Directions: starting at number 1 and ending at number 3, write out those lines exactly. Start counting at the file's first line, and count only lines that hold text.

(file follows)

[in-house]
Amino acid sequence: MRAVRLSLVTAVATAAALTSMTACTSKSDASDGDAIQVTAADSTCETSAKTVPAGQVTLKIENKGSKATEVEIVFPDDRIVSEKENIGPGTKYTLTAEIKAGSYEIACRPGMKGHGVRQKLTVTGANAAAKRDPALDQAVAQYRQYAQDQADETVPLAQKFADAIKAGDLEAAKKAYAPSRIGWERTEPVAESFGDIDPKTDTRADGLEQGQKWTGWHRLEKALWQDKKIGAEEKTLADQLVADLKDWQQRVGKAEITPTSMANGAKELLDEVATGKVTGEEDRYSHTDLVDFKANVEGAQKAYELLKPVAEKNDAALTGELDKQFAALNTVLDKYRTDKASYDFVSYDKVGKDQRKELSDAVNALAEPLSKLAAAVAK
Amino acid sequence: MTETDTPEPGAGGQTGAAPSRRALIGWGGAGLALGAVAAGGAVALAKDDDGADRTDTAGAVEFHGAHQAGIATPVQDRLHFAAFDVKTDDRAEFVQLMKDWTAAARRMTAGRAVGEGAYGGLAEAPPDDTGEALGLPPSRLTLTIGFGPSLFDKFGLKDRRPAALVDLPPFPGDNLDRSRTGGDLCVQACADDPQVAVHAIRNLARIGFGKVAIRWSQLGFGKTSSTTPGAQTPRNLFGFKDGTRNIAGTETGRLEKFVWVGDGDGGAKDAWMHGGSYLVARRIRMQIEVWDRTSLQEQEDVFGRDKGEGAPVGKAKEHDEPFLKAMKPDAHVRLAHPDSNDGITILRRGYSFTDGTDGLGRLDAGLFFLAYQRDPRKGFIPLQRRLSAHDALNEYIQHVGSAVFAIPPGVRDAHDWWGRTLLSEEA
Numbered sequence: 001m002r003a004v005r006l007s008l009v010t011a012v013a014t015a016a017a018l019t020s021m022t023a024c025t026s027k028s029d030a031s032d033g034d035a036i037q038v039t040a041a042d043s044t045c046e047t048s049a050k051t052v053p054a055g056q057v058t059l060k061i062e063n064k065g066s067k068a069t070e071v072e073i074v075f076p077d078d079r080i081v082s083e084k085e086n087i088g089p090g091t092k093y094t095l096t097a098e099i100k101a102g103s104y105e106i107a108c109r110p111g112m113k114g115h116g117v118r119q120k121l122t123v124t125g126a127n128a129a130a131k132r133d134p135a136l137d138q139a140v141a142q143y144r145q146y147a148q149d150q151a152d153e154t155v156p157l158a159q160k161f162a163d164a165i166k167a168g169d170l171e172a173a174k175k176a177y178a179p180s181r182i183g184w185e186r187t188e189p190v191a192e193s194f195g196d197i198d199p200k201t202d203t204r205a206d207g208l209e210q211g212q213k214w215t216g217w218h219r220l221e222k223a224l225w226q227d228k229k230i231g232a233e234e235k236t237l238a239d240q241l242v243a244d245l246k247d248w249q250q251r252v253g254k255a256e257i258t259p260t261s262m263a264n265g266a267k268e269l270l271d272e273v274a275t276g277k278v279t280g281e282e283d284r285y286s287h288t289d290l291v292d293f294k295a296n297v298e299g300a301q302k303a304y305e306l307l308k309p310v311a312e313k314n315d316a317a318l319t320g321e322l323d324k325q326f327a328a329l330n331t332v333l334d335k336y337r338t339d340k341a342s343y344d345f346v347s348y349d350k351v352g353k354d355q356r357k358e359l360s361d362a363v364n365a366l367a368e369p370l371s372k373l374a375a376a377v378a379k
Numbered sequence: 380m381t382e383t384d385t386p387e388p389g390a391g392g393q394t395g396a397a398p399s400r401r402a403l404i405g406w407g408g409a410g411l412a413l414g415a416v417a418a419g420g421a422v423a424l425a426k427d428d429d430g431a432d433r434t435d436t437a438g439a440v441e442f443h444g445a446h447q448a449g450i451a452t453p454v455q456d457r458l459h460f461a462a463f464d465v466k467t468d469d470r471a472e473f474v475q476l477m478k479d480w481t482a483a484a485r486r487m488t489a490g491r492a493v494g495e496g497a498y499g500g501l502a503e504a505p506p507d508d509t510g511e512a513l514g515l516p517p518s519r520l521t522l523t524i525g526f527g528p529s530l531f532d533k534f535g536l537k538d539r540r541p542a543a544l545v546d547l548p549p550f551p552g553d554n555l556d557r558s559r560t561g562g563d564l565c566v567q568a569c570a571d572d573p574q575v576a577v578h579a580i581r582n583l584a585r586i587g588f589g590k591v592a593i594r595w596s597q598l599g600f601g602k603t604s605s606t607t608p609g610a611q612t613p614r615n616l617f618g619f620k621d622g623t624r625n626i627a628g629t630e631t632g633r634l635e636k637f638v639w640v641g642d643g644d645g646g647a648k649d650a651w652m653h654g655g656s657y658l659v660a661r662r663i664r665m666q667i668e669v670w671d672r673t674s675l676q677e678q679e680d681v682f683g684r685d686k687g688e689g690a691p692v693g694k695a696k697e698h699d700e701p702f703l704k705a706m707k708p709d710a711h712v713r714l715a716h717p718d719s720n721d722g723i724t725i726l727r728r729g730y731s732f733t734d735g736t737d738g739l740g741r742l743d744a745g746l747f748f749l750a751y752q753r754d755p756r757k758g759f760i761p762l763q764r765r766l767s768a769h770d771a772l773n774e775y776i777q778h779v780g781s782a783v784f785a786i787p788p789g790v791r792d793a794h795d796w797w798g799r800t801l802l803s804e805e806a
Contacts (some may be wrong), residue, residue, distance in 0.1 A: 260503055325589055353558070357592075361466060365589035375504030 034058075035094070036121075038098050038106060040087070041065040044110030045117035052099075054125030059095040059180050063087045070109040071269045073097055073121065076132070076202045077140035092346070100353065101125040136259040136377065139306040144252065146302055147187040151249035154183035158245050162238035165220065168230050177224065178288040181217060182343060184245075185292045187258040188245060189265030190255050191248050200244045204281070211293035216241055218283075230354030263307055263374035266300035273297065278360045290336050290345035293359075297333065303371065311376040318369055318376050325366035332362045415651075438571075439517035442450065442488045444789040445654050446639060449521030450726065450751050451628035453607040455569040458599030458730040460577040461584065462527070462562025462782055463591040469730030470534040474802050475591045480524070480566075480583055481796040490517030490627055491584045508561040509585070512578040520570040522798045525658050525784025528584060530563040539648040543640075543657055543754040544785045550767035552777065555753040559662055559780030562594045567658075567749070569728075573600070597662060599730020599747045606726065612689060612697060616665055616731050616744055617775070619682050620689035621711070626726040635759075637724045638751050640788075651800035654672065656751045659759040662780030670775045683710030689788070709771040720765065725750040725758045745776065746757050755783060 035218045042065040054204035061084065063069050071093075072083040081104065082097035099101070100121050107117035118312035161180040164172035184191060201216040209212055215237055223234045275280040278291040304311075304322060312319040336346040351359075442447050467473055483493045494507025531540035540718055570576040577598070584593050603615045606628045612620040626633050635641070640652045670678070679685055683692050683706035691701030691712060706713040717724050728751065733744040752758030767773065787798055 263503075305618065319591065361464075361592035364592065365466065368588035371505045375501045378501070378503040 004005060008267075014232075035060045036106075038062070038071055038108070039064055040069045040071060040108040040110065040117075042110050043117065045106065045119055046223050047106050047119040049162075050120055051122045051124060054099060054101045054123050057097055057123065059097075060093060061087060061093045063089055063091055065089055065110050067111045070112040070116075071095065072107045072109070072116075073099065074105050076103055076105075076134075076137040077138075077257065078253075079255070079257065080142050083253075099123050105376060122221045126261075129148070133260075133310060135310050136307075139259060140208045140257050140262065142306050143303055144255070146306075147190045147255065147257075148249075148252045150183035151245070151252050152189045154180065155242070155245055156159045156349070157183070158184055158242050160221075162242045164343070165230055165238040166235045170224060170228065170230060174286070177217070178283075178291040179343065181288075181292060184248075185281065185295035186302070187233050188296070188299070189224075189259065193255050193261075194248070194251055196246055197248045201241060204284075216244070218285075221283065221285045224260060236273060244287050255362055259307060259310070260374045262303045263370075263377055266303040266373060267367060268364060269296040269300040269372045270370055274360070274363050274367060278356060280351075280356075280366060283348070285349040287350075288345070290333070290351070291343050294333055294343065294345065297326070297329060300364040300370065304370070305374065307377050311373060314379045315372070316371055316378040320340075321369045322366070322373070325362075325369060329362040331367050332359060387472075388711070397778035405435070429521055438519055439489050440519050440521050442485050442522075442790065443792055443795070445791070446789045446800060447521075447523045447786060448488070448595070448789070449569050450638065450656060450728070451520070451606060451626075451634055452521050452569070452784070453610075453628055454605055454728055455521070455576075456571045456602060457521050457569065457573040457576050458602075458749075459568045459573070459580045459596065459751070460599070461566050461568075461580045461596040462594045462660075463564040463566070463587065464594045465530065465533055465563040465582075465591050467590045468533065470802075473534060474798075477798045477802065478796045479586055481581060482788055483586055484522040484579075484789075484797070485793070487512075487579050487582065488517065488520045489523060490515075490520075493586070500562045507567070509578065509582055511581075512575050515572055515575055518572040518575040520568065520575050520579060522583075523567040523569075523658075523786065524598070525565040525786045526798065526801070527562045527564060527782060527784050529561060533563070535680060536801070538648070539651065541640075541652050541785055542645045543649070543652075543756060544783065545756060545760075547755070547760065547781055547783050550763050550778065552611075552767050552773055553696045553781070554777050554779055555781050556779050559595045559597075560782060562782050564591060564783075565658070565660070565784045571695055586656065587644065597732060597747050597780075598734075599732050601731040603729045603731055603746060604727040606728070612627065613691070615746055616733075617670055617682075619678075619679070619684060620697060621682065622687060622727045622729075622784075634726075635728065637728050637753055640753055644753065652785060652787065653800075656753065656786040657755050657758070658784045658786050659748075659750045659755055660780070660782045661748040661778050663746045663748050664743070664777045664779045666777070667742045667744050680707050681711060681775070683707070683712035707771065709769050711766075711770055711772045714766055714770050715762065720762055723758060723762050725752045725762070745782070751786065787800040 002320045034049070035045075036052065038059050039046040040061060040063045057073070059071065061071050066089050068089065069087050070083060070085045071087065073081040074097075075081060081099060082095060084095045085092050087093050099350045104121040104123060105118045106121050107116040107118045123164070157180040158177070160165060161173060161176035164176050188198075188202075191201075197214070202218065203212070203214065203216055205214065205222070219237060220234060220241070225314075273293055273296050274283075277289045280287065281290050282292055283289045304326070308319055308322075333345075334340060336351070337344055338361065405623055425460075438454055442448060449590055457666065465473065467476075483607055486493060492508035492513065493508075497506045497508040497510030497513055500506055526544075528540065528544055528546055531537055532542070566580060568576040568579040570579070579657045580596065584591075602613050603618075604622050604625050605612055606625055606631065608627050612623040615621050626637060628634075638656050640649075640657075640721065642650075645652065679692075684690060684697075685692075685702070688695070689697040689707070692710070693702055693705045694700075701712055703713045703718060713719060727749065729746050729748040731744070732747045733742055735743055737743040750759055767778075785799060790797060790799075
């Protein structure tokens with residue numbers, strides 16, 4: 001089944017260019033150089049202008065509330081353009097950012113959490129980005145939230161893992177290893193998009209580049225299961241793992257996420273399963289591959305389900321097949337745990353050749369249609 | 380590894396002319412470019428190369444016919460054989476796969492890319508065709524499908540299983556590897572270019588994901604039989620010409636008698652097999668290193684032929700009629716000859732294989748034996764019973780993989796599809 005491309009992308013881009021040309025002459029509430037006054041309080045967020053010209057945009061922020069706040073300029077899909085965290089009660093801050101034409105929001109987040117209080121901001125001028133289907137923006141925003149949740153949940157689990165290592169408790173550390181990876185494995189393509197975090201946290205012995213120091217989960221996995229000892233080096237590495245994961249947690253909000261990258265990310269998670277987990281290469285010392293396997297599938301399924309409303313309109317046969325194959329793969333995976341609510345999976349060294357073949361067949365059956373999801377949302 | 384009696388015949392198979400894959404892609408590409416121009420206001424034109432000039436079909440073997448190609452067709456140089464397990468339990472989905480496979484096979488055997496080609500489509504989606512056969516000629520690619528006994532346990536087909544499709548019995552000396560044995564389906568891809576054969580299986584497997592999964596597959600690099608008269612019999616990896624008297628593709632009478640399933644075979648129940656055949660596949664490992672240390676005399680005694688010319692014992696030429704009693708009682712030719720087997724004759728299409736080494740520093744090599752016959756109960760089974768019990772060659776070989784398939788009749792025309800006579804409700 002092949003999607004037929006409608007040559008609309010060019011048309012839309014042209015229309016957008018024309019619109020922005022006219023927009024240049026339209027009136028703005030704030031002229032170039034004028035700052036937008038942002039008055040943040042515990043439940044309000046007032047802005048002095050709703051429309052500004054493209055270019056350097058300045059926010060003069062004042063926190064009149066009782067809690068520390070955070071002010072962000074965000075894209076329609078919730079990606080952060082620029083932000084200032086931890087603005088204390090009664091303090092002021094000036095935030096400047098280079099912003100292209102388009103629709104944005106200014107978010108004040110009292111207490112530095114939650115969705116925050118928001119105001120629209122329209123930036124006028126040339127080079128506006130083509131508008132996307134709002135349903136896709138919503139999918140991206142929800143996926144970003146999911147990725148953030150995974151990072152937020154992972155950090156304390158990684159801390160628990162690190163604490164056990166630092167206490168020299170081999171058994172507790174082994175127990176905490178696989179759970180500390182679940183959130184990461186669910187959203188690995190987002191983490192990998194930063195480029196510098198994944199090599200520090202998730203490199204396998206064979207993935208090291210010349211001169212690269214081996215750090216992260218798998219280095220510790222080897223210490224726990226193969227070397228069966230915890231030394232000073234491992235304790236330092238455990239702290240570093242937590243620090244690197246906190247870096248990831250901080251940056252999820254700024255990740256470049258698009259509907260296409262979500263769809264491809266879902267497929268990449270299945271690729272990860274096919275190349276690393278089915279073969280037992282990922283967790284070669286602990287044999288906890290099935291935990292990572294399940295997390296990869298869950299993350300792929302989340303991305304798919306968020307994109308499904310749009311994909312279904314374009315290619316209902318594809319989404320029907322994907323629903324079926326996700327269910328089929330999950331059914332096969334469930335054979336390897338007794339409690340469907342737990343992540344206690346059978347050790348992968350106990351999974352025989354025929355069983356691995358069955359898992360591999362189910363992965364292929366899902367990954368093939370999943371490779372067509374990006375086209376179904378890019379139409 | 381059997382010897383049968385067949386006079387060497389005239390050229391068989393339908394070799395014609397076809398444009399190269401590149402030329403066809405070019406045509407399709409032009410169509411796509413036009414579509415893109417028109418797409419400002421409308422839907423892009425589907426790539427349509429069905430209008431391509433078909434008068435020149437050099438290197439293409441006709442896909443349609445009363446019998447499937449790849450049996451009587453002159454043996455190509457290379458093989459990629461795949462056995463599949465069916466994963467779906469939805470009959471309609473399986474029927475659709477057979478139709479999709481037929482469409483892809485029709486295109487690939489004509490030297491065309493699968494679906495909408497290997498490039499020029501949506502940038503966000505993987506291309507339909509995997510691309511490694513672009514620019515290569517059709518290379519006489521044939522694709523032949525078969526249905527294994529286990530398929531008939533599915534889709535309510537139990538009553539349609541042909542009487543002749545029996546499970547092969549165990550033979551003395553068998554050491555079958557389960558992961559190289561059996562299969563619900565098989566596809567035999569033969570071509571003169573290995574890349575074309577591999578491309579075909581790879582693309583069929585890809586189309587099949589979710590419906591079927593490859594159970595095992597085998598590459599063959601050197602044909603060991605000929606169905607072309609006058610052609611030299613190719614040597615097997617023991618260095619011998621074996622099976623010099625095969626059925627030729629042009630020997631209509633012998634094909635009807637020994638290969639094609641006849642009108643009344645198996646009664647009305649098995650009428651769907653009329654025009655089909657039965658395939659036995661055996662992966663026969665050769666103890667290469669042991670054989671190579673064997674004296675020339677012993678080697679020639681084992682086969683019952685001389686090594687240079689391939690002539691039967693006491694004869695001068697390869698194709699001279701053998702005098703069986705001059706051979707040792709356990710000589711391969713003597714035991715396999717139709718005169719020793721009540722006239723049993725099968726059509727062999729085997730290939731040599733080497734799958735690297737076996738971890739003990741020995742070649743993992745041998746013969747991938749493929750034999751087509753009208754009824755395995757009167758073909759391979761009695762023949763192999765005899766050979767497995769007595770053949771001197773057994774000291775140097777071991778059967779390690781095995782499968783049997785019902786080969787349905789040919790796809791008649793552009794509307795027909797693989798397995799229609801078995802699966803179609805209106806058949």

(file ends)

[in-house]
Amino acid sequence: MRAVRLSLVTAVATAAALTSMTACTSKSDASDGDAIQVTAADSTCETSAKTVPAGQVTLKIENKGSKATEVEIVFPDDRIVSEKENIGPGTKYTLTAEIKAGSYEIACRPGMKGHGVRQKLTVTGANAAAKRDPALDQAVAQYRQYAQDQADETVPLAQKFADAIKAGDLEAAKKAYAPSRIGWERTEPVAESFGDIDPKTDTRADGLEQGQKWTGWHRLEKALWQDKKIGAEEKTLADQLVADLKDWQQRVGKAEITPTSMANGAKELLDEVATGKVTGEEDRYSHTDLVDFKANVEGAQKAYELLKPVAEKNDAALTGELDKQFAALNTVLDKYRTDKASYDFVSYDKVGKDQRKELSDAVNALAEPLSKLAAAVAK
Amino acid sequence: MTETDTPEPGAGGQTGAAPSRRALIGWGGAGLALGAVAAGGAVALAKDDDGADRTDTAGAVEFHGAHQAGIATPVQDRLHFAAFDVKTDDRAEFVQLMKDWTAAARRMTAGRAVGEGAYGGLAEAPPDDTGEALGLPPSRLTLTIGFGPSLFDKFGLKDRRPAALVDLPPFPGDNLDRSRTGGDLCVQACADDPQVAVHAIRNLARIGFGKVAIRWSQLGFGKTSSTTPGAQTPRNLFGFKDGTRNIAGTETGRLEKFVWVGDGDGGAKDAWMHGGSYLVARRIRMQIEVWDRTSLQEQEDVFGRDKGEGAPVGKAKEHDEPFLKAMKPDAHVRLAHPDSNDGITILRRGYSFTDGTDGLGRLDAGLFFLAYQRDPRKGFIPLQRRLSAHDALNEYIQHVGSAVFAIPPGVRDAHDWWGRTLLSEEA